And yet, not being macrobiotic, I did feel the urge to enhance them a bit. The macrobiotic diet limits the use of spices, and the original recipe called for just 1/4 teaspoon of cinnamon (optional). My adaptation incorporates more cinnamon, freshly grated ginger, nutmeg, and cloves. Otherwise, I left things as they were, sweetening the muffins only with apple juice and keeping the dense but satisfying mix of whole wheat and whole wheat pastry flours.
These aren't the fluffy, super sweet muffins one eats as an excuse to have dessert for breakfast. Rather, they are a genuinely wholesome, filling, and refreshing food to start the day. Filled with luscious seasonal apples, I find them a wonderful antidote to all the rich and sugary foods around us this time of year.
p.s. Having been raised around health food nuts, I was a bit skeptical of my own taste buds. Would anyone else actually like these muffins? Were they worthy of sharing? My non-hippie boyfriend says, "Everybody enjoys eating muffins in the morning, but they often leave you feeling gross, like you had a cake or a pastry. These are hearty and not overly sweet and leave you feeling like you had the best of both worlds." Whew!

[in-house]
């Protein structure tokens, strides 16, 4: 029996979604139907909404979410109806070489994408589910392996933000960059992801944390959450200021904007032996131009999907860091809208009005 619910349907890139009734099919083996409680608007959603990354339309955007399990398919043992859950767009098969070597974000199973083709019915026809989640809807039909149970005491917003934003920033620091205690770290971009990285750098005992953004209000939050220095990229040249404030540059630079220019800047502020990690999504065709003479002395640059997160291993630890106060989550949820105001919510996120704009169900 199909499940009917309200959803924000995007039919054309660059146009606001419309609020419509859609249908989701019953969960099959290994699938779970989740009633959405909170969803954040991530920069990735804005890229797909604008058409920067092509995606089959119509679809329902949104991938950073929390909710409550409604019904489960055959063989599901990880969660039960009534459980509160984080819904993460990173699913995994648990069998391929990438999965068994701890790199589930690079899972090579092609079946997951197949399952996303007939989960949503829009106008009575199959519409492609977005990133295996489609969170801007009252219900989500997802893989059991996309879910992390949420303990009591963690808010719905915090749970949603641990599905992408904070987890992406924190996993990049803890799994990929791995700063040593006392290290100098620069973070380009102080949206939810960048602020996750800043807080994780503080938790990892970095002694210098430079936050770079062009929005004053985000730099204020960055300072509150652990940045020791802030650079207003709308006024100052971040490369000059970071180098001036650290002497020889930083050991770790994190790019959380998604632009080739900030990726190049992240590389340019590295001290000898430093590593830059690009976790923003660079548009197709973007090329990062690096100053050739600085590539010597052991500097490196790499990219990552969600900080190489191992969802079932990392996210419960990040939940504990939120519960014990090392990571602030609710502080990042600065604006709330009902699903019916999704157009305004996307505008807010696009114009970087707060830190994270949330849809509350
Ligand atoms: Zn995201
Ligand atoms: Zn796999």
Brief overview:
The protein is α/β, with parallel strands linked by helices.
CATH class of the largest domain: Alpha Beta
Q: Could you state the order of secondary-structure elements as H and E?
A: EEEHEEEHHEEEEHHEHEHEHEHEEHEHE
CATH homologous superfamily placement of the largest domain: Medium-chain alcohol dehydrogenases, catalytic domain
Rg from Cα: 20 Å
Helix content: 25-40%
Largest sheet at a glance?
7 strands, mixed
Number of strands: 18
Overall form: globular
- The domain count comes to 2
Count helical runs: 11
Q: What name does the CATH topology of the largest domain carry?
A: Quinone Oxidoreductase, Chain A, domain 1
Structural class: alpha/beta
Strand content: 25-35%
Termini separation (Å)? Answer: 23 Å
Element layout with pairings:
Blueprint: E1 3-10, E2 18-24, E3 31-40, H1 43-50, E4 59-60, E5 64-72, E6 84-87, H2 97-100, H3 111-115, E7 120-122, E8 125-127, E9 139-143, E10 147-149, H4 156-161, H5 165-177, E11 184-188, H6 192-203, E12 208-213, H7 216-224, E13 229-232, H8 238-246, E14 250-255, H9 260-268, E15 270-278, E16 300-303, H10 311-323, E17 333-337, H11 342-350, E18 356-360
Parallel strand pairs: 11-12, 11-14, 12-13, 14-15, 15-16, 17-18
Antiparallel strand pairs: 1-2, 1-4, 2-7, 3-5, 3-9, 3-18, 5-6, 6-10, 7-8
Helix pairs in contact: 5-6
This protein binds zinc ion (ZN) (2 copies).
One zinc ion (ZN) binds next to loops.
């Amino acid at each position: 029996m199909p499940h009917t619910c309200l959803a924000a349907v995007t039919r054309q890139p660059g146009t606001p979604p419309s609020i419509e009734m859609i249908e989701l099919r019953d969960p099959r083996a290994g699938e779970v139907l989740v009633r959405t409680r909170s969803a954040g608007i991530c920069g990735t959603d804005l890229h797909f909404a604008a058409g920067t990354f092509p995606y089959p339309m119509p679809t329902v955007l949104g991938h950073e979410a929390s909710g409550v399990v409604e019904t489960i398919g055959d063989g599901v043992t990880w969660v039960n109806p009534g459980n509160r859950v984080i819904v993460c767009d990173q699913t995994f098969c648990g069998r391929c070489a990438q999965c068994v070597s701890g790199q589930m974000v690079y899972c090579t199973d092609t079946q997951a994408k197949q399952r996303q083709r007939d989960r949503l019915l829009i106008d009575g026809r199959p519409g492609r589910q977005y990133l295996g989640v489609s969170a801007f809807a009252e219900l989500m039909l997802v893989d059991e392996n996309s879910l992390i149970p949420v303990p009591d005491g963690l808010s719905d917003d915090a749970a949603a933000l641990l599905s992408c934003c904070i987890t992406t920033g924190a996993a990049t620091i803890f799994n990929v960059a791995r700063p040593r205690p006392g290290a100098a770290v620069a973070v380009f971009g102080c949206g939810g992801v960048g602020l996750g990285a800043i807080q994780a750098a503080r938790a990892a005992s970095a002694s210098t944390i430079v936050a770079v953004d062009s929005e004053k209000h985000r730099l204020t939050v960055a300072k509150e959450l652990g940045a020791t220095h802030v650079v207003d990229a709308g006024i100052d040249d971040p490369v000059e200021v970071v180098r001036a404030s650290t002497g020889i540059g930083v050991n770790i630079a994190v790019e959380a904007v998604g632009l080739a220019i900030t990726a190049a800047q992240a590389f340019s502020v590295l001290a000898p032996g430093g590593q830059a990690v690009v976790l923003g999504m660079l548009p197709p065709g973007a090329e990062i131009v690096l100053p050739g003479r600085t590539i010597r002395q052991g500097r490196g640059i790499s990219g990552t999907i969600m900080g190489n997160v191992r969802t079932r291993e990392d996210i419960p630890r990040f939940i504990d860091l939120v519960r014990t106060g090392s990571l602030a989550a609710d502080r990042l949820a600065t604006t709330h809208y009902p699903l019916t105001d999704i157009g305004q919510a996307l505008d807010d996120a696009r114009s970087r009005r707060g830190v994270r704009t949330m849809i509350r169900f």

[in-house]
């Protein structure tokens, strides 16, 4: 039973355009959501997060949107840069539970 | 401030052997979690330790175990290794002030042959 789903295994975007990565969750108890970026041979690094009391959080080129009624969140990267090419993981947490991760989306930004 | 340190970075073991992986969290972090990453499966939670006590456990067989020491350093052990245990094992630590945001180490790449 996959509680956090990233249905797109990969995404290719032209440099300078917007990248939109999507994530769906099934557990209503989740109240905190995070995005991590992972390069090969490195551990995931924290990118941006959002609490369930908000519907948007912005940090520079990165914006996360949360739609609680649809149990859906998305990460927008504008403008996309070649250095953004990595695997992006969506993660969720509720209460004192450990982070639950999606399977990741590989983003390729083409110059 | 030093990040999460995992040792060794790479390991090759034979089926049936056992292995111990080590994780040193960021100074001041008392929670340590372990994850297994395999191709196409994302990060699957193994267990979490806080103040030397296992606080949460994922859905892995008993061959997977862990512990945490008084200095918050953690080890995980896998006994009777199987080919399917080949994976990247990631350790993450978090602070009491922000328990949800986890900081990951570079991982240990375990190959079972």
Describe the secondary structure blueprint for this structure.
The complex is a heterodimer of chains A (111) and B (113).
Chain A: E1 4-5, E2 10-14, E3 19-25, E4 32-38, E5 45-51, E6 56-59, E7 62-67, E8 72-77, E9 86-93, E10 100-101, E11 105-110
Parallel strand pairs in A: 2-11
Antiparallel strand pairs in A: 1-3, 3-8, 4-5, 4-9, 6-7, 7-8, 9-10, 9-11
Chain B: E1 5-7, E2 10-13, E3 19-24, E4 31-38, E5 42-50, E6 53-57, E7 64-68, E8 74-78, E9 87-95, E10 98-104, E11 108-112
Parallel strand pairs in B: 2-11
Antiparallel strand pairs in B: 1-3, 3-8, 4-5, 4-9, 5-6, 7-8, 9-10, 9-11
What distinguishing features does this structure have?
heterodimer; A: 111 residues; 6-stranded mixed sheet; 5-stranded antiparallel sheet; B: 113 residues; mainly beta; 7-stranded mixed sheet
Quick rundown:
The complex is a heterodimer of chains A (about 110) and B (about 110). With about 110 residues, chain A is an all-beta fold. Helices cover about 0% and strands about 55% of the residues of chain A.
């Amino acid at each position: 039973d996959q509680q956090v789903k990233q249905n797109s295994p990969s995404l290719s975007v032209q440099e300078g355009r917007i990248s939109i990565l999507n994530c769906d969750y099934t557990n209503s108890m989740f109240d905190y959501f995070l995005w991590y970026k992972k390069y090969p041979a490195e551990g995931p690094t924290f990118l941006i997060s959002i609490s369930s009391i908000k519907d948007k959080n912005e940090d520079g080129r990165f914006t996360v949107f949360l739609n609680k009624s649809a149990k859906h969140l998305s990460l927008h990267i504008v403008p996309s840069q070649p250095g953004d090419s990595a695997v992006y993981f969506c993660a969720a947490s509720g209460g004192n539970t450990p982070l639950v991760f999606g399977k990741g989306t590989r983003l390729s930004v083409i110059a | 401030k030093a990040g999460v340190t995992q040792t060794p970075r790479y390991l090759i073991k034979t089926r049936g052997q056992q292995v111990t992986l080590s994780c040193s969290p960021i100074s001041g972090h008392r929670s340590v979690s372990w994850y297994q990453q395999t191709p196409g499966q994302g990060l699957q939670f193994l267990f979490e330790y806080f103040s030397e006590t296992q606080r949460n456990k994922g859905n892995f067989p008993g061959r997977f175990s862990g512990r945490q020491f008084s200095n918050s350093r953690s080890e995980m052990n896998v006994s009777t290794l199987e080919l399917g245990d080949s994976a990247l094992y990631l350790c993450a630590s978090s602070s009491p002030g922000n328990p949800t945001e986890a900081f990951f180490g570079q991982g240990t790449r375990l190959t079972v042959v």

Makes 12 muffins
2 cups whole wheat pastry flour
1 cup whole wheat flour
1 1/2 teaspoons ground cinnamon, plus more for sprinkling
1/2 teaspoon ground nutmeg
1/2 teaspoon ground cloves
1/4 teaspoon sea salt
3 tablespoons corn oil (or canola or safflower), plus more for greasing pan
1 3/4 cups unsweetened apple juice
1 1/2 teaspoons finely grated fresh ginger
3 apples, diced
Preheat oven to 350°F. Grease a 12-cup muffin pan and set aside.
In a large bowl, combine the flours, spices, and salt. Add oil and mix well. Add juice and ginger and stir until combined. Fold in the apples.
Heat muffin pan in oven until warm. Remove pan from oven and divide batter evenly among the muffin cups. Sprinkle tops with cinnamon.
Bake until golden brown, about 25 to 30 minutes.
Adapted from Edward & Wendy Esko's Macrobiotic Cooking for Everyone (Japan Publications, 1980)
Thanks to Edward Esko and Karen S.!
Related: Easy and Portable Breakfast Recipes
(Image: Emily Ho)